Hey everyone, it’s been a couple weeks since our last post and we’ve got a lot to talk about, so let’s dive in.
First a reminder, minor league baseball is playing this season regardless of the MLB lockout situation. Minor league spring training starts around March 1 and the Tacoma Rainiers opener is April 5th. These things are happening.
The Seattle Mariners announced the Triple-A coaching staff that will work with first-year Tacoma Rainiers manager Tim Federowicz. The staff has an international flavor.
Alon Leichman (pronounced “like-man”) is the new Tacoma Rainiers pitching coach. This will be his sixth season as a Mariners minor league pitching coach, and he has worked his way up the ladder to earn the Triple-A job. He spent the last two seasons with Double-A Arkansas.
Born and raised in Israel, Leichman came to the United State for college baseball around 2010. He has been a consistent member of Team Israel in international competition, which included the Beijing Olympics last year: he took a midseason break from his duties as Mariners Double-A pitching coach to pitch for Team Israel in the Olympics.
New Tacoma Rainiers hitting coach Brad Marcelino also has an extensive international baseball background. Born in Essex, England, Marcelino lived in Great Britain until he was 11, and he first appeared in international competition for the British National Team when he was 17 years old in 1999. He continued to play in international tournaments for many years – in fact, he is the all-time leader in games played for the British National Team.
Marcelino has been a private hitting instructor in the San Diego area for the last four years, and prior to that he has a seven-year stint as a member of the coaching staff at UC San Diego. This will be his first time coaching in affiliated baseball.
The Rainiers additional coach is a familiar name to fans: Zach Vincej has been hired for his first season as a coach. Vincej was Tacoma’s starting shortstop throughout the 2018 season, and his final year as a player was 2019.
Vincej (pronounced vince-ee) will likely focus on working with the infielders and baserunning, and probably coach first base – similar to what Eric Young Jr did last season.
We also have a new training staff. Michael Feliciano will be the head trainer, and Michael Sadler is the strength and conditioning coach. Both have been working at lower levels in the Mariners organization in recent years.
The Triple-A season has been extended to 150 games this year. The existing schedule remains the same, with a six-game extension at the end so that games are now played through September 28. The final home series against Round Rock has been extended to a six-gamer, and the Rainiers will add three more final away games in Reno.
Reasoning behind this was formulated last season: because major league rosters no longer expand to 40 during the month of September, the MLB teams want players to be ready and available in Triple-A throughout the duration of their regular season. Simply put, MLB wants all 30 Triple-A teams playing until the end of September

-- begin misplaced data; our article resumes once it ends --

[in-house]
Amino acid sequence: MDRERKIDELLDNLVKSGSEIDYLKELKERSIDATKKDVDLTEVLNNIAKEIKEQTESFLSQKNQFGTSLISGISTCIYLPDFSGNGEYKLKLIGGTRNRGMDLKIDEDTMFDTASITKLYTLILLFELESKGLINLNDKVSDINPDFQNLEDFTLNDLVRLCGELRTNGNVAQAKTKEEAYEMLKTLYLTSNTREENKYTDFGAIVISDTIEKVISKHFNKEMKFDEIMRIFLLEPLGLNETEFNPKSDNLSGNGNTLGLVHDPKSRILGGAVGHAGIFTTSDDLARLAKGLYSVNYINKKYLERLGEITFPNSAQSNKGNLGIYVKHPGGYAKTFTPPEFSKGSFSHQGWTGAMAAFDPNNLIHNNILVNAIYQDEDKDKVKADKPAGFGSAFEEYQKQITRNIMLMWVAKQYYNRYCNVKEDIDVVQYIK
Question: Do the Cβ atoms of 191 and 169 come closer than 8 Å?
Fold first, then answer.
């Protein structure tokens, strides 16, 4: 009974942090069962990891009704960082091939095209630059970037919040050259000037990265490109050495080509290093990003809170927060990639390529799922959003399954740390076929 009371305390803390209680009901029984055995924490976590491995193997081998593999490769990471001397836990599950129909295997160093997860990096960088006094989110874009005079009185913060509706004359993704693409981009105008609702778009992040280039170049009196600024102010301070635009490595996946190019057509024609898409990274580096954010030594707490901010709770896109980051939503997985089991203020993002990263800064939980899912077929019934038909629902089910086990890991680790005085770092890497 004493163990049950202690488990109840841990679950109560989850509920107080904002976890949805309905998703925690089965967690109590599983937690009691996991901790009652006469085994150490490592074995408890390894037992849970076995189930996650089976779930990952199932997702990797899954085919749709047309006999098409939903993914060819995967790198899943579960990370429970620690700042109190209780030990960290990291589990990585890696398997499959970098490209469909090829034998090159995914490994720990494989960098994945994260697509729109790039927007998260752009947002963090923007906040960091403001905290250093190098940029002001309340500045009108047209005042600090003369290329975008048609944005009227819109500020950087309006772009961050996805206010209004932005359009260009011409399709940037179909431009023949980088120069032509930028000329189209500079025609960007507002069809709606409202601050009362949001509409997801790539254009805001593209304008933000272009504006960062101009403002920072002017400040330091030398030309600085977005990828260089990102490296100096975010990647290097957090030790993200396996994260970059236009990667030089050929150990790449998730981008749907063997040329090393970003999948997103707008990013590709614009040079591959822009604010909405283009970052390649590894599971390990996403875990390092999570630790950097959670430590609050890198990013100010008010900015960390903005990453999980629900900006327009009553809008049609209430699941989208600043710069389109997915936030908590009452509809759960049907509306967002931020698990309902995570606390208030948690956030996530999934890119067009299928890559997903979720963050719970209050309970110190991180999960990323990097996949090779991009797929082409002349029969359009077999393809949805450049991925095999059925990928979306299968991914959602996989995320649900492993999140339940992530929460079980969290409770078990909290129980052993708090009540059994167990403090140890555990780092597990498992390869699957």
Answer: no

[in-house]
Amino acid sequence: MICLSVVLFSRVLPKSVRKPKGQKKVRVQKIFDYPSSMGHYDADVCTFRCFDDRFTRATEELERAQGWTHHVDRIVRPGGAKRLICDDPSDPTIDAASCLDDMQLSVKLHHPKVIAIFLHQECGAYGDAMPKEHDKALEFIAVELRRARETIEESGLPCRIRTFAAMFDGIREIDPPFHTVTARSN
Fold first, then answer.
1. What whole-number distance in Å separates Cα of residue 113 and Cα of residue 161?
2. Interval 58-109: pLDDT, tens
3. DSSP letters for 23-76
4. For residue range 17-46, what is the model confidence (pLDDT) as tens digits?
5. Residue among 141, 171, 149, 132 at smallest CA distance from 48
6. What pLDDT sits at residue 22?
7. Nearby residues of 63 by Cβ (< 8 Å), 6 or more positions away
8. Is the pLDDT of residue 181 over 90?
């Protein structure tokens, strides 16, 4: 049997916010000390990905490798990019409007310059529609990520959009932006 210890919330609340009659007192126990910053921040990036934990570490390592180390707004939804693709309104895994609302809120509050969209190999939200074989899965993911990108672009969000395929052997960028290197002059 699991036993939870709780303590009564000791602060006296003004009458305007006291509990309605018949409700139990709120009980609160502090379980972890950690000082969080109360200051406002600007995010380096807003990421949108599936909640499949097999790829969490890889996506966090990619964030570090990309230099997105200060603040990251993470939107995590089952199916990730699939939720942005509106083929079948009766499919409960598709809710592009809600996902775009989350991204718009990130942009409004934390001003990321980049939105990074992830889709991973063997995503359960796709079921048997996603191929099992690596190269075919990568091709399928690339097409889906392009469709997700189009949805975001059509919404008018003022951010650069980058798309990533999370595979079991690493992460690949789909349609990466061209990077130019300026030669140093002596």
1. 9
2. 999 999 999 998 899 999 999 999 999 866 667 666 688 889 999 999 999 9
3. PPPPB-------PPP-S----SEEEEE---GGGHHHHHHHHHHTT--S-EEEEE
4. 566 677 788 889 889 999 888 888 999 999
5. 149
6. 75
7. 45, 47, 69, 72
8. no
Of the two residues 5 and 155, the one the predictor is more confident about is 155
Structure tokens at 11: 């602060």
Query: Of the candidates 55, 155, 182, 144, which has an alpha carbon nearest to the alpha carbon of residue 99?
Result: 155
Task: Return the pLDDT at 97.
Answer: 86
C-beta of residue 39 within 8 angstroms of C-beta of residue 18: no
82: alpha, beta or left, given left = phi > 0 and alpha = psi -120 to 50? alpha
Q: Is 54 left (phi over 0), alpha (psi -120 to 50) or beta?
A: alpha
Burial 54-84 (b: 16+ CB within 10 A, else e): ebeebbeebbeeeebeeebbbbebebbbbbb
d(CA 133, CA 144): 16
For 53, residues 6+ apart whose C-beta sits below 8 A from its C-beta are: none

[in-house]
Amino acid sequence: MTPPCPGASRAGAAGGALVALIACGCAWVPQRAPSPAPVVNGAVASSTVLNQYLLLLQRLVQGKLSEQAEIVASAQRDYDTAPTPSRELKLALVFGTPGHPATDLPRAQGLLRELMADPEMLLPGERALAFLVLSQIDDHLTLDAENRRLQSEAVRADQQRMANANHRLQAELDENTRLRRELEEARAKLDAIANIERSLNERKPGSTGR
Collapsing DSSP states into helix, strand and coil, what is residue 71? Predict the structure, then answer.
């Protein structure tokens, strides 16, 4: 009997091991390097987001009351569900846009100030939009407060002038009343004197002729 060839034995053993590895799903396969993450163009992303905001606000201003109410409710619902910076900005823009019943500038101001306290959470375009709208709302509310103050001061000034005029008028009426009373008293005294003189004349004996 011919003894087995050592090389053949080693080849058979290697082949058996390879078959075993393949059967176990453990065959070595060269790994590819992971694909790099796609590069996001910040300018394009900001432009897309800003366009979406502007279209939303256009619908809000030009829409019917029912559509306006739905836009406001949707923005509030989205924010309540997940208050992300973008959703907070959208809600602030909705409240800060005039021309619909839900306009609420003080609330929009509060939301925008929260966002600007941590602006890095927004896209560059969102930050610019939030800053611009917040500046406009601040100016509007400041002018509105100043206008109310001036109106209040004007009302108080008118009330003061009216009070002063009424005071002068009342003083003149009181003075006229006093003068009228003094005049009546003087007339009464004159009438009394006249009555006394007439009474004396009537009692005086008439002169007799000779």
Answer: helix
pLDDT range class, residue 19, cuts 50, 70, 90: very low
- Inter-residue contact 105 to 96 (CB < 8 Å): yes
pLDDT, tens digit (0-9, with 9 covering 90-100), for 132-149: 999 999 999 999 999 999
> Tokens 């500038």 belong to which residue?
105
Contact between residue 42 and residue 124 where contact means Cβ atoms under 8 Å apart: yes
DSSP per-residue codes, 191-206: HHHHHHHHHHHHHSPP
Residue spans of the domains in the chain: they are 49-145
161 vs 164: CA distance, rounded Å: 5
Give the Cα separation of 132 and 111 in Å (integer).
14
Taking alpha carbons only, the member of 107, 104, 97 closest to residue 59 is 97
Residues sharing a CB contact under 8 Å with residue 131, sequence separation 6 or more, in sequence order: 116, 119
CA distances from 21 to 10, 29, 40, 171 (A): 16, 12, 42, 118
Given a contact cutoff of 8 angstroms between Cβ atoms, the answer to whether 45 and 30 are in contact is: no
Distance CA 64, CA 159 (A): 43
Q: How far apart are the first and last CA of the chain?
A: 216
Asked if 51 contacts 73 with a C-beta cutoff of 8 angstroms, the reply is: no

We are still waiting to hear about post-season plans. There have been some interesting ideas tossed around that could be a lot of fun. As a refresher, we did not have playoffs last year due to the vagaries of the Covid-impacted schedule, and then the ten-game “Triple-A Final Stretch” was thrown together and it did not go over well and is unlikely to be repeated.
More national publications have released their respective Top 100 Prospects lists, and the Seattle Mariners farm system continues to get very high marks.
Baseball Prospectus released its list – they do a Top 101, “it goes one louder” – and four Mariners prospects made the rankings:
Julio Rodriguez (#3), Noelvi Marte (15), George Kirby (21), Emerson Hancock (87).
The prospect guru for The Athletic is Keith Law, who has been ranking top talent for years and has his own methodology. His Top 100 came out a couple days ago (link for subscribers), along with ten more that “just missed.” He has Julio Rodriguez a little bit lower, but he has 2021 first round pick Harry Ford much higher than others. Here’s his Mariners ranking:
Julio Rodriguez (9), Noelvi Marte (11), George Kirby (45), Harry Ford (49), Matt Brash (“just missed”).
Looking at the big picture, Baseball America ranked the 30 major league organizations and determined that the Seattle Mariners presently have the top farm system in baseball.
What is most exciting about this for Rainiers fans is that many of the ranked prospects have already reached Double-A and can be expected in Tacoma soon.
- History says that the Mariners playoff drought will end within two years, according to Baseball America.
- The Seattle Times has a story on the Mariners farm system ranking, and another on the Tacoma Rainiers coaching staff.
- Division rival Reno has a new manager: former infielder Gil Velasquez. Reno also has a new pitching coach in former Cy Young Award winner Doug Drabek, and their new hitting coach Mark Reed is the younger brother of former Rainiers outfielder Jeremy Reed.